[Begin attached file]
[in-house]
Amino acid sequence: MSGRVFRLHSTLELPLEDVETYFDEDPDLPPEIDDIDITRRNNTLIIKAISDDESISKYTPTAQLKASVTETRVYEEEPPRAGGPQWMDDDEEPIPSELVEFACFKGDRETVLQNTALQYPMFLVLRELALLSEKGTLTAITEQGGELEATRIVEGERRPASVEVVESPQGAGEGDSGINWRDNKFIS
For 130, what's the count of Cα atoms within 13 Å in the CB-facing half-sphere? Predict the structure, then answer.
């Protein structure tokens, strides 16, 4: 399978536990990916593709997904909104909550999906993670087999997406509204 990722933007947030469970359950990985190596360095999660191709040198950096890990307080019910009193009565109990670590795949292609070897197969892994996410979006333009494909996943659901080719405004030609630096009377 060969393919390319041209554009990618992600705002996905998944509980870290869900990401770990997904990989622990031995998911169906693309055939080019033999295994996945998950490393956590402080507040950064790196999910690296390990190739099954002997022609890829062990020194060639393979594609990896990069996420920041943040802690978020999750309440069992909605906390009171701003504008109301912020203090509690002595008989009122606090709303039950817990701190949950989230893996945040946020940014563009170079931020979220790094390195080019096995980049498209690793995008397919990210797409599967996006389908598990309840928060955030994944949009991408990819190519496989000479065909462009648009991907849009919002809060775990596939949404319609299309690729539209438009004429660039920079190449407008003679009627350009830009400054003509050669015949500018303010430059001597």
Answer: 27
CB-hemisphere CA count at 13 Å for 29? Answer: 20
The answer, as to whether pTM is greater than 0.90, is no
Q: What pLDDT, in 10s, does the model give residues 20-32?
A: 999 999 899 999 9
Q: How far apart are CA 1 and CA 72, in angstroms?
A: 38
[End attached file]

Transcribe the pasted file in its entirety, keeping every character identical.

[in-house]
Amino acid sequence: MSGRVFRLHSTLELPLEDVETYFDEDPDLPPEIDDIDITRRNNTLIIKAISDDESISKYTPTAQLKASVTETRVYEEEPPRAGGPQWMDDDEEPIPSELVEFACFKGDRETVLQNTALQYPMFLVLRELALLSEKGTLTAITEQGGELEATRIVEGERRPASVEVVESPQGAGEGDSGINWRDNKFIS
For 130, what's the count of Cα atoms within 13 Å in the CB-facing half-sphere? Predict the structure, then answer.
């Protein structure tokens, strides 16, 4: 399978536990990916593709997904909104909550999906993670087999997406509204 990722933007947030469970359950990985190596360095999660191709040198950096890990307080019910009193009565109990670590795949292609070897197969892994996410979006333009494909996943659901080719405004030609630096009377 060969393919390319041209554009990618992600705002996905998944509980870290869900990401770990997904990989622990031995998911169906693309055939080019033999295994996945998950490393956590402080507040950064790196999910690296390990190739099954002997022609890829062990020194060639393979594609990896990069996420920041943040802690978020999750309440069992909605906390009171701003504008109301912020203090509690002595008989009122606090709303039950817990701190949950989230893996945040946020940014563009170079931020979220790094390195080019096995980049498209690793995008397919990210797409599967996006389908598990309840928060955030994944949009991408990819190519496989000479065909462009648009991907849009919002809060775990596939949404319609299309690729539209438009004429660039920079190449407008003679009627350009830009400054003509050669015949500018303010430059001597």
Answer: 27
CB-hemisphere CA count at 13 Å for 29? Answer: 20
The answer, as to whether pTM is greater than 0.90, is no
Q: What pLDDT, in 10s, does the model give residues 20-32?
A: 999 999 899 999 9
Q: How far apart are CA 1 and CA 72, in angstroms?
A: 38